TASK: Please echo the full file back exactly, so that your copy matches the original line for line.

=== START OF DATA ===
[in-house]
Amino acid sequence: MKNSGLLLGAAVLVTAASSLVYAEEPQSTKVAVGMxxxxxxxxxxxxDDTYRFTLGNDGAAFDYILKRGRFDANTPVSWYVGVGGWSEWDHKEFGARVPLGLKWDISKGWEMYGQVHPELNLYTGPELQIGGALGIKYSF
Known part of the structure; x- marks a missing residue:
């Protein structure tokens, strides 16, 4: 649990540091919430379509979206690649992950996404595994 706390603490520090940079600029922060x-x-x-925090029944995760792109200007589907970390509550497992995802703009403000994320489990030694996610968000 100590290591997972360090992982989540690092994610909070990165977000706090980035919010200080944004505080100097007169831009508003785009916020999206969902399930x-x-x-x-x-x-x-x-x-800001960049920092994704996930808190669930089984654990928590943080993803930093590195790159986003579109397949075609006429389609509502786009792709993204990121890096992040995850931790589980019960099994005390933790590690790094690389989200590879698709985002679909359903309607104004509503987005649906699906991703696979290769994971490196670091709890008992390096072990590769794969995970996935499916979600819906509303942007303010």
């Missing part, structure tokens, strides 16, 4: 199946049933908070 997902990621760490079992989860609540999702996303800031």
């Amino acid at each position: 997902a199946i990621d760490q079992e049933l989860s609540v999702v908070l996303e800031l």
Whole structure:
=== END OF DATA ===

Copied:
[in-house]
Amino acid sequence: MKNSGLLLGAAVLVTAASSLVYAEEPQSTKVAVGMxxxxxxxxxxxxDDTYRFTLGNDGAAFDYILKRGRFDANTPVSWYVGVGGWSEWDHKEFGARVPLGLKWDISKGWEMYGQVHPELNLYTGPELQIGGALGIKYSF
Known part of the structure; x- marks a missing residue:
């Protein structure tokens, strides 16, 4: 649990540091919430379509979206690649992950996404595994 706390603490520090940079600029922060x-x-x-925090029944995760792109200007589907970390509550497992995802703009403000994320489990030694996610968000 100590290591997972360090992982989540690092994610909070990165977000706090980035919010200080944004505080100097007169831009508003785009916020999206969902399930x-x-x-x-x-x-x-x-x-800001960049920092994704996930808190669930089984654990928590943080993803930093590195790159986003579109397949075609006429389609509502786009792709993204990121890096992040995850931790589980019960099994005390933790590690790094690389989200590879698709985002679909359903309607104004509503987005649906699906991703696979290769994971490196670091709890008992390096072990590769794969995970996935499916979600819906509303942007303010």
């Missing part, structure tokens, strides 16, 4: 199946049933908070 997902990621760490079992989860609540999702996303800031």
């Amino acid at each position: 997902a199946i990621d760490q079992e049933l989860s609540v999702v908070l996303e800031l």
Whole structure: